Study shows insomnia in military can be treated without medications

Study shows insomnia in military can be treated without medications

Insomnia is a widespread problem in the U.S. military and the most commonly reported symptom following deployment. A new study published online in the journal Sleep found that cognitive-behavioral therapy for insomnia , a form of talk therapy, was highly effective with an active duty population.

Conducted by researchers  at the University of North Texas and other institutions affiliated with the STRONG STAR Consortium, based at UT Health San Antonio, the study was funded by the Department of Defense.

While  the study showed that cognitive-behavioral therapy for insomnia led in person by a therapist is superior, it also validated an Internet-based version of the therapy, which was about half as effective, as a possible option.

One hundred soldiers at Fort Hood, Texas, with chronic insomnia participated in the study led by Daniel Taylor, Ph.D., professor of psychology and director of the Sleep Health Research Laboratory at the University of North Texas.

Chronic insomnia is defined by the Diagnostic and Statistical Manual of Mental Disorders as sleeping poorly at least three nights a week for a month or longer, despite adequate opportunity for a full night’s sleep. It is “a significant problem in the military,” and a strong risk factor for post-traumatic stress disorder, depression and substance abuse, absenteeism and occupational accidents, Dr. Taylor said. Treatment of insomnia may not only improve sleep in these soldiers, but also improve these other conditions, he said.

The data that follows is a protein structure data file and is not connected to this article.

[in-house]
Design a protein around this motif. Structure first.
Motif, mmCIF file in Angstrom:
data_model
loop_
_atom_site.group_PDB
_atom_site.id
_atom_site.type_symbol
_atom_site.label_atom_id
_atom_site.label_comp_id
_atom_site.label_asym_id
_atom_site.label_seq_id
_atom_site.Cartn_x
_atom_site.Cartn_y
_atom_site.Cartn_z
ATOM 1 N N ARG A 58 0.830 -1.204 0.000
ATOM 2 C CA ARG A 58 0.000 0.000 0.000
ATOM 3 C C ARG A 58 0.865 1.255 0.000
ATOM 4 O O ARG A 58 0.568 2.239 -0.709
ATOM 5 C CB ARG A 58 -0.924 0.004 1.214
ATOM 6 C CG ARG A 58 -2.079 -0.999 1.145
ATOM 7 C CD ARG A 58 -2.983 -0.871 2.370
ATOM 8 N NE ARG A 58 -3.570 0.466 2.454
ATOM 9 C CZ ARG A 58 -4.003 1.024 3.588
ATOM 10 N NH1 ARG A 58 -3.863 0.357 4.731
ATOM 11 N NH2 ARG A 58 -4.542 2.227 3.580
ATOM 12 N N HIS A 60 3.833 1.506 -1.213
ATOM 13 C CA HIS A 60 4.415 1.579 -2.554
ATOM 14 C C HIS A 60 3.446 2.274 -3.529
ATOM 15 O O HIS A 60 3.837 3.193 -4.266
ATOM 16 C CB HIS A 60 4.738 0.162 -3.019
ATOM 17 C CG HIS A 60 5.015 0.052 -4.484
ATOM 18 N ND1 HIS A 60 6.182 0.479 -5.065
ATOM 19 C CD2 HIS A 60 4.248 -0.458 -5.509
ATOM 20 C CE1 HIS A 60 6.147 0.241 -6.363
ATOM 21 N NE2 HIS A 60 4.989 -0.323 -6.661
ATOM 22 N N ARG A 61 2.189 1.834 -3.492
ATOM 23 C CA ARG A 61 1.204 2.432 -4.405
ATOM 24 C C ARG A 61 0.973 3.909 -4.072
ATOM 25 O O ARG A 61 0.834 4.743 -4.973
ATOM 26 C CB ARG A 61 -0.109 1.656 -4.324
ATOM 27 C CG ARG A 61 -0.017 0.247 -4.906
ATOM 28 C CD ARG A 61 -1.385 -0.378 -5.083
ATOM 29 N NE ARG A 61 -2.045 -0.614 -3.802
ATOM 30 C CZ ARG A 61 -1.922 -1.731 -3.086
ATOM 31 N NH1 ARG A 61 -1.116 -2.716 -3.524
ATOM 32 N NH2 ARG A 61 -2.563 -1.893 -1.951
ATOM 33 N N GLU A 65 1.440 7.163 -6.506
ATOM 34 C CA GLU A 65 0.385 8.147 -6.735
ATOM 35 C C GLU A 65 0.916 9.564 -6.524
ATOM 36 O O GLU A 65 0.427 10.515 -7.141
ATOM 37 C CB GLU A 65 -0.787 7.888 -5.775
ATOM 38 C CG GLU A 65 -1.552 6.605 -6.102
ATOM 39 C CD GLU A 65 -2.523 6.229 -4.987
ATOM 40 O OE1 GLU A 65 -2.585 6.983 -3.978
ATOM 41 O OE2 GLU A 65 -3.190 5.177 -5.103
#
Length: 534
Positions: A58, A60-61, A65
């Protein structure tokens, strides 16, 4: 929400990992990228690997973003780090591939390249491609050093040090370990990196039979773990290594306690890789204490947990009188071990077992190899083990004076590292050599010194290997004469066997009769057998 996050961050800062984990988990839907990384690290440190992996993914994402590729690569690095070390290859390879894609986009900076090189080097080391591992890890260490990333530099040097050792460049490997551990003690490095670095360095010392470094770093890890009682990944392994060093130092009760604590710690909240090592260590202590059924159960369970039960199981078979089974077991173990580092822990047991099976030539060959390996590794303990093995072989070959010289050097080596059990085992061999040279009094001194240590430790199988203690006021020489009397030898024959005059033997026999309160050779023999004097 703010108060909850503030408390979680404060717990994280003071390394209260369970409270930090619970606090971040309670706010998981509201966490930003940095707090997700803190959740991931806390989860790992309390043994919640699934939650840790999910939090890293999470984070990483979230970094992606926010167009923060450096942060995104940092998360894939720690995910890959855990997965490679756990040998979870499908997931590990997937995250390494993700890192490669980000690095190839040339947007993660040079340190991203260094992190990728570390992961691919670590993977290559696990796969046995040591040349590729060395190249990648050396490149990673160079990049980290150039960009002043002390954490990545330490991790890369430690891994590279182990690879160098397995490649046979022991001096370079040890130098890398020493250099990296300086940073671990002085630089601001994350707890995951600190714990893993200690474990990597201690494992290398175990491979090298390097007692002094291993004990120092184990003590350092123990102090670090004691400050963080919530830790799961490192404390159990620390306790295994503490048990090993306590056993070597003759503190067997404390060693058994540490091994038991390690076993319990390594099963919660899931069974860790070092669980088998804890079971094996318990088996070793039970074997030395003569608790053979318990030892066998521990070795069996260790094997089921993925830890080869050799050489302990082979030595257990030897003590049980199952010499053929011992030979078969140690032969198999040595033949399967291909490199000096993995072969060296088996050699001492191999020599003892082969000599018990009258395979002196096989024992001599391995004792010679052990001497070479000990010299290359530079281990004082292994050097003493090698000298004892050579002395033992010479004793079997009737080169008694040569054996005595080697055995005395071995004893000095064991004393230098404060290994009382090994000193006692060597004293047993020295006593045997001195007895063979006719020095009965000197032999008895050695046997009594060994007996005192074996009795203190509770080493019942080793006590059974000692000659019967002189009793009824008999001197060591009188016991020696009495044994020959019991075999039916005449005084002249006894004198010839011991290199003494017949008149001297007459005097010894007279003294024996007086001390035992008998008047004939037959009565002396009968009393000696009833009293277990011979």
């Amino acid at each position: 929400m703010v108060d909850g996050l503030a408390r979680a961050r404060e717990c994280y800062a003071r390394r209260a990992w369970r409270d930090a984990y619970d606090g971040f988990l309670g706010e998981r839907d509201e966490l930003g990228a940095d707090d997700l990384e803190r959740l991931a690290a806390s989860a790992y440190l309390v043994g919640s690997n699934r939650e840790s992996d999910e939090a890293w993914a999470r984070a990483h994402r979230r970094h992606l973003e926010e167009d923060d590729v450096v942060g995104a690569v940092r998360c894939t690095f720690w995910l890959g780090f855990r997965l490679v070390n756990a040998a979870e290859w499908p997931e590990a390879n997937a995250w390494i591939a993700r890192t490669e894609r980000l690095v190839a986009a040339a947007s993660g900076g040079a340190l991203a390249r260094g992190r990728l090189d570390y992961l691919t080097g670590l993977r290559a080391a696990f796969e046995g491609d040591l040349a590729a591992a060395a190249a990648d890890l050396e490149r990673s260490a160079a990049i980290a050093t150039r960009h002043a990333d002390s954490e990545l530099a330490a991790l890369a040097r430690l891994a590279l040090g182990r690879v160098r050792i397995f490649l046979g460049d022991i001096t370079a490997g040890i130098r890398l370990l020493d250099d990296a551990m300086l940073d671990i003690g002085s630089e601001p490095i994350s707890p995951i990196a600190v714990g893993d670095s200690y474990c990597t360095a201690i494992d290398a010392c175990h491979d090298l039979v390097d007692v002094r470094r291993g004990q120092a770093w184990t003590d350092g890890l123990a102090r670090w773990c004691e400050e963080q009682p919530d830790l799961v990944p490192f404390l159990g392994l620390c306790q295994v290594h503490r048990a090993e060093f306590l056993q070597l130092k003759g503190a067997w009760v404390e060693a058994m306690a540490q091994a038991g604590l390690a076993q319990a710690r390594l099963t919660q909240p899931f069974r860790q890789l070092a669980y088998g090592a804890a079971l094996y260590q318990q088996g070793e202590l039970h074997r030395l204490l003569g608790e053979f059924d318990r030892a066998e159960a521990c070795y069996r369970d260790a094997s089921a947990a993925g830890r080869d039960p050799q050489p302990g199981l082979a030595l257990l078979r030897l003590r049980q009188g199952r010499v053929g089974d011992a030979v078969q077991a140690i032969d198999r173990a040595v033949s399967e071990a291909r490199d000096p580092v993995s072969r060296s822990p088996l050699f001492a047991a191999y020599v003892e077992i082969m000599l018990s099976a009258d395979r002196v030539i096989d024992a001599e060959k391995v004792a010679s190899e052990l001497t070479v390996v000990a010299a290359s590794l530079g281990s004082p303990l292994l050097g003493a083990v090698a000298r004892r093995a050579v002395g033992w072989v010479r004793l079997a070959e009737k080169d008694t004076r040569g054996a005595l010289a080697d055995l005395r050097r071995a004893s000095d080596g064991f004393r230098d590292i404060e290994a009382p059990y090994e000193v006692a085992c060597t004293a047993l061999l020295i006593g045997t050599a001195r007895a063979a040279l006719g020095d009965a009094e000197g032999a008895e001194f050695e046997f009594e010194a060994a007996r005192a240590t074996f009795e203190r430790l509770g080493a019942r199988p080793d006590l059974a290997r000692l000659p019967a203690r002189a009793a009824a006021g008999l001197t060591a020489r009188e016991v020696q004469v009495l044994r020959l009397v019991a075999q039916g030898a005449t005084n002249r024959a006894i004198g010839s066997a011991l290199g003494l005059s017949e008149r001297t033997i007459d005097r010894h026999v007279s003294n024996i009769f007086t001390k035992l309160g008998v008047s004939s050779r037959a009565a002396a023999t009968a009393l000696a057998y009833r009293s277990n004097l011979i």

Alan Peterson, Ph.D., professor of psychiatry at UT Health San Antonio, director of STRONG STAR and a co-author on the Sleep paper, added that, in addition to the danger that medications create for active-duty military personnel, drugs are not effective for treating chronic insomnia.

“So, an effective, non-medication therapy for insomnia is very much needed in the military,” Dr. Peterson said. “And the finding that an Internet version of the treatment can be effective is important, since this option could be used to make the therapy more accessible.

“Results of this study will be considered by the Department of Defense as it sets treatment guidelines for insomnia among military service members,” Dr. Peterson added.

Kristi Pruiksma, Ph.D., an assistant professor of psychiatry at UT Health San Antonio and a STRONG STAR collaborating investigator who served as a clinical psychologist for the study, said that the in-person and Internet treatment options have unique benefits.

“A benefit of the in-person treatment is that therapists can be creative with patients and brainstorm ideas to help them follow the sleep recommendations and better engage in treatment,” Dr. Pruiksma said. “That is hard to accomplish with an online program.”

However, she said that the online program is valuable because it allows patients with work and family demands to complete sessions on their own time, serves as a treatment option for service members who want to avoid the perceived stigma of going to a military behavioral health clinic, and provides easy access to a valuable treatment for which there are not enough trained providers to meet the high demand for help with insomnia.

The investigators believe that an important next step will be to figure out who can achieve good benefits from the online program and who may need additional assistance from a therapist.

Because insomnia is commonly also diagnosed in military members with post-traumatic stress disorder, and each makes the other more difficult to treat, another next step is to find the best way to treat these two conditions when they occur together. That already is the subject of another, ongoing research study at Fort Hood led by Dr. Taylor and other STRONG STAR-affiliated investigators through the federally funded Consortium to Alleviate PTSD. For more information, visit www.strongstar.org/ptsd-sleep.

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